Is it too much to ask for a little stability and certainty at Sparrows Point? Apparently.
The storied steel mill is on its third owner in four years. Now come developments that increase the chance it'll be sold again. Changing ownership brings new bosses, distractions and often layoffs.
Even so, it might be good for Sparrows Point and its employees to be sold one more time.
With current owner Arcelor Mittal, which commands a tenth of the world's steel-production capacity, the Point is overshadowed and underappreciated. Another deal might put it in the hands of somebody who could concentrate on making steel rather than seeing it as a 50-cent chip on a $100 poker table.
"I don't see how it could be worse," says author Mark Reutter, who chronicled Sparrows Point in the book Making Steel and has followed the industry for years. "Mittal Steel has put absolutely no capital investment into Sparrows Point."
It's far from clear whether the Point will change hands again. But chances for a near-term sale increased Monday when Mittal's attempt to resell Canada's Dofasco was blocked by a controlling trust.
Mittal is merging with Arcelor, a Luxembourg steel giant that owns Dofasco. The U.S. Justice Department believes the purchase would give the combined company too much power over the North American market for tinplate steel, used mostly for food and beverage cans. The feds told Mittal it had to sell Dofasco or, barring that, sell Sparrows Point or a mill in Weirton, W.Va.
With the Dofasco sale on ice, it's down to the Point or Weirton. Steel analyst Charles Bradford believes regulators may prefer Sparrows Point.
"The Department of Justice could very well find that Sparrows Point has a better chance of surviving and standing alone than Weirton has," he says, even though Mittal has said it would prefer to sell Weirton.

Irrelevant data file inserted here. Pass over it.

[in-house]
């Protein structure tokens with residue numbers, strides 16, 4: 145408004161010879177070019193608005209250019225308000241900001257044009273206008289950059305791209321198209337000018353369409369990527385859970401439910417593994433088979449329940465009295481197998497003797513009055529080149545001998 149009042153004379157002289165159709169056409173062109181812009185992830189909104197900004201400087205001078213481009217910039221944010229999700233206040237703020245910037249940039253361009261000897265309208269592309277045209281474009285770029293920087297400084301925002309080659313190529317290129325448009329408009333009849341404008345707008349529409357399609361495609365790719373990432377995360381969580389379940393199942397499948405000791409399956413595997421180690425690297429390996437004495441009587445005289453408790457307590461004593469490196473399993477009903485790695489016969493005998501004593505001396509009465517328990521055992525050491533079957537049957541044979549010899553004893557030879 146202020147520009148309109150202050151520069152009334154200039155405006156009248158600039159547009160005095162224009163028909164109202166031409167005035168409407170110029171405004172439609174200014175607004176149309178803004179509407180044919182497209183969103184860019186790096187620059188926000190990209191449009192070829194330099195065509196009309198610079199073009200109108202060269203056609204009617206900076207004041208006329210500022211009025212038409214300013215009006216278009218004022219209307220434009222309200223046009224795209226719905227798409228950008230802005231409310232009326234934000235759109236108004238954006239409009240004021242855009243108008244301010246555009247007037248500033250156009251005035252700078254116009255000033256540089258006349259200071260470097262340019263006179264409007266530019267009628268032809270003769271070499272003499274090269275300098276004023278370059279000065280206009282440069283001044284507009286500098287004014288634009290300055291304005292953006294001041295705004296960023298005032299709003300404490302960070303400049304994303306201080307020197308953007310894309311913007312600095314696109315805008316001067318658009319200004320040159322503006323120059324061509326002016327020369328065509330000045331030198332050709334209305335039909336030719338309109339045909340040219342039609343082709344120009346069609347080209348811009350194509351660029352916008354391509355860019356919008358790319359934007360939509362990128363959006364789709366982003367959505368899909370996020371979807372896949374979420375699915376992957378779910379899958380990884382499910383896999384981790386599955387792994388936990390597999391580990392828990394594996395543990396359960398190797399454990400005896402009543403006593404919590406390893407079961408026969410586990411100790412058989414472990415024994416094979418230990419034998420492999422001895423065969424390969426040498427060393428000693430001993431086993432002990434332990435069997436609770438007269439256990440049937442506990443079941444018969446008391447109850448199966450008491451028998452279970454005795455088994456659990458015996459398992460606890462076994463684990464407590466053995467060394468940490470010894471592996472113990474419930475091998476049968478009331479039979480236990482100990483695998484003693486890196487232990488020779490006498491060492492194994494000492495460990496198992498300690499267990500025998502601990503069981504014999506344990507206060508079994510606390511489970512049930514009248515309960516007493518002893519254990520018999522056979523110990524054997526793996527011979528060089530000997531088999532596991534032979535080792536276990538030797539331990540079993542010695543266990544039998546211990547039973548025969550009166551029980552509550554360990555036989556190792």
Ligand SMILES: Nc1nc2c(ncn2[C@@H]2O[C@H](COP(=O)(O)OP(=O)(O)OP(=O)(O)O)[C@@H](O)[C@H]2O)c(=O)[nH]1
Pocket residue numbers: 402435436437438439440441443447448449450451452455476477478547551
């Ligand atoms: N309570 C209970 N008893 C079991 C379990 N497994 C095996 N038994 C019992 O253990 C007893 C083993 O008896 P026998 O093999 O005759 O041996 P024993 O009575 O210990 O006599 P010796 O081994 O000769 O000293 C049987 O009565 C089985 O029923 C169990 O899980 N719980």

Standing alone is not exactly what the Point needs, though.
An ideal scenario would be for it to end up in the hands of a "strategic" buyer - another steelmaker rather than a financier - who would reinvest in the plant and do a better job of marketing its products.
But Bradford's larger point is that the feds may force a Sparrows Point sale, and that raises possibilities in which the mill wouldn't have to stand alone.
It was owned for years by Bethlehem Steel, which entered Chapter 11 bankruptcy proceedings in 2001. International Steel Group, headed by Wall Street's Wilbur Ross, bought Sparrows Point and other Bethlehem assets and flipped them to Mittal after renegotiating labor agreements, shrinking employment and other restructuring.
Mittal has probably earned decent money on the Point because of the boom in steel prices. But little of the cash flow has gone back into the plant. The Sun has quoted General Manager Thomas Russo as saying that, other than environmental upgrades, Mittal plans no capital investments in Sparrows Point production equipment for at least two years.
Every year that goes by without substantial reinvestment raises chances that someday the Point will close. A flipping calendar with no capital projects was the early-warning sign for the demise of General Motors' Baltimore factory.
For the time being, however, the Point is a viable operation. Its blast furnace has years of operation left. Some of the mill's steel is too narrow for today's market, limiting potential customers. But it produces high-quality product for the right clients, and it's more efficient than ever.
Sparrows Point's cold-roll mill is less than a decade old. Its slab-caster can furnish product to other mills without their own smelting operations. Its port gives it unrivaled access, for an East-Coast integrated mill, to global supplies and customers.
Who might be interested?
Although Bradford believes the Point could be bought by another fast-buck artist (my term, not his) such as Ross, there are also established steelmakers that might want it.
ThyssenKrupp, for example. The German company has contracted to buy Dofasco from Mittal but appears to be blocked by Monday's decision. Plan B for a ThyssenKrupp play on North America might be a Sparrows Point takeover. The Sun's Allison Connolly has reported that ThyssenKrupp officials toured the Point in late May.
Or maybe Brazil's CSN. If CSN fails in its bid for steelmaker Wheeling Pittsburgh - the shareholder vote is on Friday - perhaps it could look at Sparrows Point. Or maybe Severstal North America, owned by a Russian oligarch.
Change has not been good to the U.S. steel business the past decade. But for Sparrows Point, one more change might be better than the status quo.